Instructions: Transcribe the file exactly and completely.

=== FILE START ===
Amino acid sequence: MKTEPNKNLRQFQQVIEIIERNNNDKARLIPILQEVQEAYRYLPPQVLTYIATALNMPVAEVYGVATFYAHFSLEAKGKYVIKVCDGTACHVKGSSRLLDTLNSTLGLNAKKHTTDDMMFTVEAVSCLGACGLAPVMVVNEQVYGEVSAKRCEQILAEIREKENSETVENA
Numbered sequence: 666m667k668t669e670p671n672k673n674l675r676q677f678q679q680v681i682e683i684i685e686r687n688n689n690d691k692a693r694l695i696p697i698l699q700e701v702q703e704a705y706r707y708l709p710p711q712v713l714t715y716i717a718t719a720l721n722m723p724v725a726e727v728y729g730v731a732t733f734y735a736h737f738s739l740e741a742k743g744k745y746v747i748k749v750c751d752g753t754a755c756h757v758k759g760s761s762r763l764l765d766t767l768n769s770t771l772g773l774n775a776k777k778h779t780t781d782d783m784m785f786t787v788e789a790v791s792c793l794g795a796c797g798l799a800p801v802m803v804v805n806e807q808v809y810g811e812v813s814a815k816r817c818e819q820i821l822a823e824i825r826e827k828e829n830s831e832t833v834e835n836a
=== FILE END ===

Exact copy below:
Amino acid sequence: MKTEPNKNLRQFQQVIEIIERNNNDKARLIPILQEVQEAYRYLPPQVLTYIATALNMPVAEVYGVATFYAHFSLEAKGKYVIKVCDGTACHVKGSSRLLDTLNSTLGLNAKKHTTDDMMFTVEAVSCLGACGLAPVMVVNEQVYGEVSAKRCEQILAEIREKENSETVENA
Numbered sequence: 666m667k668t669e670p671n672k673n674l675r676q677f678q679q680v681i682e683i684i685e686r687n688n689n690d691k692a693r694l695i696p697i698l699q700e701v702q703e704a705y706r707y708l709p710p711q712v713l714t715y716i717a718t719a720l721n722m723p724v725a726e727v728y729g730v731a732t733f734y735a736h737f738s739l740e741a742k743g744k745y746v747i748k749v750c751d752g753t754a755c756h757v758k759g760s761s762r763l764l765d766t767l768n769s770t771l772g773l774n775a776k777k778h779t780t781d782d783m784m785f786t787v788e789a790v791s792c793l794g795a796c797g798l799a800p801v802m803v804v805n806e807q808v809y810g811e812v813s814a815k816r817c818e819q820i821l822a823e824i825r826e827k828e829n830s831e832t833v834e835n836a